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Harmonic? Anharmonic? Inharmonic?
1.N. H. Fletcher, “Harmonic? Anharmonic? Inharmonic?,” The Physicist 37, 189 (2000).
2.F. V. Hunt, Origins in Acoustics (1978) (reprinted by Acoustical Society of America, Woodbury, NY, 1992), Chap. 1.
3.N. H. Fletcher, “The nonlinear physics of musical instruments,” Rep. Prog. Phys. 62, 723–764 (1999).
4.P. M. Morse, Vibration and Sound (1948), 2nd ed. (reprinted by Acoustical Society of America, Woodbury, NY, 1981), pp. 85, 161–162.
5.J. Goodisman, Diatomic Interaction Potential Theory (Academic, New York, 1973), Vol. 1, pp. 72–86.
6.Universality in Chaos, edited by P. Cvitanovic (Adam Hilger, Bristol, 1984).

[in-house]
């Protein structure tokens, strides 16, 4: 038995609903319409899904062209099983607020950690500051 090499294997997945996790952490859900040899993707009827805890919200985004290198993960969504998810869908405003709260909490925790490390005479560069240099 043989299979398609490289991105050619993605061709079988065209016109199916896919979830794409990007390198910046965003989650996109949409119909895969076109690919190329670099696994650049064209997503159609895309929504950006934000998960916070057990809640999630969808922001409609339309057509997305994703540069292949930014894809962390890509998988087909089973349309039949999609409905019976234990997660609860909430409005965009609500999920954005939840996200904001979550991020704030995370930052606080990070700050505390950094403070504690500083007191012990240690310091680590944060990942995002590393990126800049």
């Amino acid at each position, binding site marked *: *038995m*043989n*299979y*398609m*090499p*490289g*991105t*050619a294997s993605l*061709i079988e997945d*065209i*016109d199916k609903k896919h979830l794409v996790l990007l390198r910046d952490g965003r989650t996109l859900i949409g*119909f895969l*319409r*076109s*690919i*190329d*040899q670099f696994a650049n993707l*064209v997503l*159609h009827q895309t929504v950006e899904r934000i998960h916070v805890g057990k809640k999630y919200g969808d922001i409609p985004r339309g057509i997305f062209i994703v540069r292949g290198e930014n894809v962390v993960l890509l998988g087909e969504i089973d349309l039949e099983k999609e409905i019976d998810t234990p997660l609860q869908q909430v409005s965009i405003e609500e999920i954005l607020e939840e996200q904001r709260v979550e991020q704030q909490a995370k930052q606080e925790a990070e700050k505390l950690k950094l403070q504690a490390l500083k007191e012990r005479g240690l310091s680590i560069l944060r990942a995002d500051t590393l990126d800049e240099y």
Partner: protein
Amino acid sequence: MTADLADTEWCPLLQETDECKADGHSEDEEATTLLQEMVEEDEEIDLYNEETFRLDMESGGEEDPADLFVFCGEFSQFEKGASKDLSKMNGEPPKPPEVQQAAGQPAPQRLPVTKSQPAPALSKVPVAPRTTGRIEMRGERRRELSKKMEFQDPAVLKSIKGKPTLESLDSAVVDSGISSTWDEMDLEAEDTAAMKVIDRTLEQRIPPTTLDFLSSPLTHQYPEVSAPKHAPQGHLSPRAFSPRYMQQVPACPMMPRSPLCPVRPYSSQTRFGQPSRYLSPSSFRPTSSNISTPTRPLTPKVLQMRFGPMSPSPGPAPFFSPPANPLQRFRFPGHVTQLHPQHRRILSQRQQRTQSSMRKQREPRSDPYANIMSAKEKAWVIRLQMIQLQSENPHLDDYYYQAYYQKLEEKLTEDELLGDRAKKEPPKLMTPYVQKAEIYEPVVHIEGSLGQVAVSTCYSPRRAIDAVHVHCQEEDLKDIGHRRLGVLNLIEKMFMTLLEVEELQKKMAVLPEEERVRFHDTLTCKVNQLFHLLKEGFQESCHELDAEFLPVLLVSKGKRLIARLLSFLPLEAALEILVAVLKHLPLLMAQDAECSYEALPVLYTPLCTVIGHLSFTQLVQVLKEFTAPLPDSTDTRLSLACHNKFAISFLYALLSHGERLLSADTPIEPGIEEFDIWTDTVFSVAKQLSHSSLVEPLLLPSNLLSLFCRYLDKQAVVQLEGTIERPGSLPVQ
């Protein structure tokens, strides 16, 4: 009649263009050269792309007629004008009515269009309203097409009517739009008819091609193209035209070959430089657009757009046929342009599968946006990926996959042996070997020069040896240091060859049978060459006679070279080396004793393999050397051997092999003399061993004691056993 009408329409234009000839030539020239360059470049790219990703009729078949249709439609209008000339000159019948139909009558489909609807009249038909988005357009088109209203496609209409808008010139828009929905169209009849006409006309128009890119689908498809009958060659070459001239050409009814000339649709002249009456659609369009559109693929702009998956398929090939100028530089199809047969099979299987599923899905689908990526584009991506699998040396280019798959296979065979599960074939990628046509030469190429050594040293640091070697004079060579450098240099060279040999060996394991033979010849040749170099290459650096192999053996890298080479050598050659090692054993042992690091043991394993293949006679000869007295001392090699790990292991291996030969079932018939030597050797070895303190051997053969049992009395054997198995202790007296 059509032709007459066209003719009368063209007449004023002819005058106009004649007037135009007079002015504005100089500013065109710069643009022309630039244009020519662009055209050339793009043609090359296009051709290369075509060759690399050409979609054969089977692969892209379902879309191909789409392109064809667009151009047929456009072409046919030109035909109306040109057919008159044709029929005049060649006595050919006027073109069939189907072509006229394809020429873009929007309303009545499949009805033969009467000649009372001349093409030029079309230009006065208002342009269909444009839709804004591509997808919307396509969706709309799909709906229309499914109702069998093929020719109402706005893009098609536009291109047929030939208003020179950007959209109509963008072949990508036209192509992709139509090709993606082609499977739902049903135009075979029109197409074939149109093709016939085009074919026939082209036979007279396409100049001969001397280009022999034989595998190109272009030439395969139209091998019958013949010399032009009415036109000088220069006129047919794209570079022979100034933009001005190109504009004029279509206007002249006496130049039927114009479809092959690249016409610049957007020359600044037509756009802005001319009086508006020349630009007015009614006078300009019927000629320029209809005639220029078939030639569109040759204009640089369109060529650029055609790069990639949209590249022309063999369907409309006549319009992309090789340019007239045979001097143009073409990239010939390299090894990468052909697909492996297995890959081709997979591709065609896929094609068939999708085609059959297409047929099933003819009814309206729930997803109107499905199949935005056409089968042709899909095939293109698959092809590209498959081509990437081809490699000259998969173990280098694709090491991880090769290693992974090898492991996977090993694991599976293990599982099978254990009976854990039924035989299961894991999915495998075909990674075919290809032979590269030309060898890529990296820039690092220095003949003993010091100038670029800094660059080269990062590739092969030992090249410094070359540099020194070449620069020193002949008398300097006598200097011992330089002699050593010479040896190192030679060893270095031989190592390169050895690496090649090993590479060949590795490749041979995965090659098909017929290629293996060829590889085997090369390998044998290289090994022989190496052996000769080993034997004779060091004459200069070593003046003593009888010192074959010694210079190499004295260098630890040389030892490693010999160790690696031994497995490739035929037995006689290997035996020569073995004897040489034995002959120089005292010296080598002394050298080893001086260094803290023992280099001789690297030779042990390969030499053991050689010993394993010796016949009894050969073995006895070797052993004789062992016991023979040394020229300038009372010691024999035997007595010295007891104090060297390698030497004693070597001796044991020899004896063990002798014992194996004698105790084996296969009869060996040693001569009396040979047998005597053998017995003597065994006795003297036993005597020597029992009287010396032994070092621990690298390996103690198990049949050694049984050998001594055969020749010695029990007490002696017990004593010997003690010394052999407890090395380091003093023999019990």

7.G. L. Baker and J. P. Gollub, Chaotic Dynamics: An Introduction (Cambridge U.P., Cambridge, 1996).
8.H. L. F. Helmholtz, On the Sensations of Tone (1877), 4th ed., translated by A. J. Ellis (Dover, New York, 1954).
9.G. Herzberg, Molecular Spectra and Molecular Structure (Van Nostrand, New York, 1950), pp. 90–92.
10.M. D. Harmony, “Molecular spectra and structure,” in A Physicist’s Desk Reference, edited by H. L. Anderson (American Institute of Physics, New York, 1989), p. 242.
11.W. A. Sethares, Tuning, Timbre, Spectrum, Scale (Springer, London, 1998).
12.A. B. Pippard, The Physics of Vibration (Cambridge U.P., Cambridge, 1978), Vol. 1, pp. 12–21.
13.In music theory an enharmonic change is one in which the naming of a note changes, for example, from G♯ to A♭. In modern equal-tempered tuning, as for example on the piano, there is no pitch change involved, but in older and more subtle tuning systems, such as meantone (Ref. 14) there is a pitch change of a small fraction of a semitone.
14.J. Backus, The Acoustical Foundations of Music (W. W. Norton, New York, 1969), Chap. 8.
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